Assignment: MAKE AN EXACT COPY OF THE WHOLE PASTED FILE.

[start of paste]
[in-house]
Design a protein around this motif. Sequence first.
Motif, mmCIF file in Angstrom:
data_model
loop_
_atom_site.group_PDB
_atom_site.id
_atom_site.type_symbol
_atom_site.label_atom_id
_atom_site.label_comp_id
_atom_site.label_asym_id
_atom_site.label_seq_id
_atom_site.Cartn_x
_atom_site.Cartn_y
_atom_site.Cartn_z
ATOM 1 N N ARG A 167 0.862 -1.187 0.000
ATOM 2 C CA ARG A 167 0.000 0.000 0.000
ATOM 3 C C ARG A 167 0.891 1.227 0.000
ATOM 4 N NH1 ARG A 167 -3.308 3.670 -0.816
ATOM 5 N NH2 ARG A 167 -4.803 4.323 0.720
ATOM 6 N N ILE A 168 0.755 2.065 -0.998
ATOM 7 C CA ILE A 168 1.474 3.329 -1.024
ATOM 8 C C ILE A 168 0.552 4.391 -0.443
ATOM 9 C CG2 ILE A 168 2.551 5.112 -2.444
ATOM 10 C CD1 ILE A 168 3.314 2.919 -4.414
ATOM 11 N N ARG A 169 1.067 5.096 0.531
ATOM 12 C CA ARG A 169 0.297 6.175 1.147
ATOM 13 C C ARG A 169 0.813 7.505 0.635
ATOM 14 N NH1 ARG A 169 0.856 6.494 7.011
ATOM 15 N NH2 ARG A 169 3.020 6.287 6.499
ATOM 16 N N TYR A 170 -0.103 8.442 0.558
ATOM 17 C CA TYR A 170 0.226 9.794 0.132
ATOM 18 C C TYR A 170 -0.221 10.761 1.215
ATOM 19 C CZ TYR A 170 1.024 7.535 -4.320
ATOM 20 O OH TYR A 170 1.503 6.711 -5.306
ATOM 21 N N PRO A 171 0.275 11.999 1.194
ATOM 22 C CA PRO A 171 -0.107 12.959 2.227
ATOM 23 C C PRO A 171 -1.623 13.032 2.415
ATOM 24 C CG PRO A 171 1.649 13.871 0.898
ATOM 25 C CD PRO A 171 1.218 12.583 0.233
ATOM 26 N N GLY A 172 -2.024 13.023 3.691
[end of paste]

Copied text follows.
[in-house]
Design a protein around this motif. Sequence first.
Motif, mmCIF file in Angstrom:
data_model
loop_
_atom_site.group_PDB
_atom_site.id
_atom_site.type_symbol
_atom_site.label_atom_id
_atom_site.label_comp_id
_atom_site.label_asym_id
_atom_site.label_seq_id
_atom_site.Cartn_x
_atom_site.Cartn_y
_atom_site.Cartn_z
ATOM 1 N N ARG A 167 0.862 -1.187 0.000
ATOM 2 C CA ARG A 167 0.000 0.000 0.000
ATOM 3 C C ARG A 167 0.891 1.227 0.000
ATOM 4 N NH1 ARG A 167 -3.308 3.670 -0.816
ATOM 5 N NH2 ARG A 167 -4.803 4.323 0.720
ATOM 6 N N ILE A 168 0.755 2.065 -0.998
ATOM 7 C CA ILE A 168 1.474 3.329 -1.024
ATOM 8 C C ILE A 168 0.552 4.391 -0.443
ATOM 9 C CG2 ILE A 168 2.551 5.112 -2.444
ATOM 10 C CD1 ILE A 168 3.314 2.919 -4.414
ATOM 11 N N ARG A 169 1.067 5.096 0.531
ATOM 12 C CA ARG A 169 0.297 6.175 1.147
ATOM 13 C C ARG A 169 0.813 7.505 0.635
ATOM 14 N NH1 ARG A 169 0.856 6.494 7.011
ATOM 15 N NH2 ARG A 169 3.020 6.287 6.499
ATOM 16 N N TYR A 170 -0.103 8.442 0.558
ATOM 17 C CA TYR A 170 0.226 9.794 0.132
ATOM 18 C C TYR A 170 -0.221 10.761 1.215
ATOM 19 C CZ TYR A 170 1.024 7.535 -4.320
ATOM 20 O OH TYR A 170 1.503 6.711 -5.306
ATOM 21 N N PRO A 171 0.275 11.999 1.194
ATOM 22 C CA PRO A 171 -0.107 12.959 2.227
ATOM 23 C C PRO A 171 -1.623 13.032 2.415
ATOM 24 C CG PRO A 171 1.649 13.871 0.898
ATOM 25 C CD PRO A 171 1.218 12.583 0.233
ATOM 26 N N GLY A 172 -2.024 13.023 3.691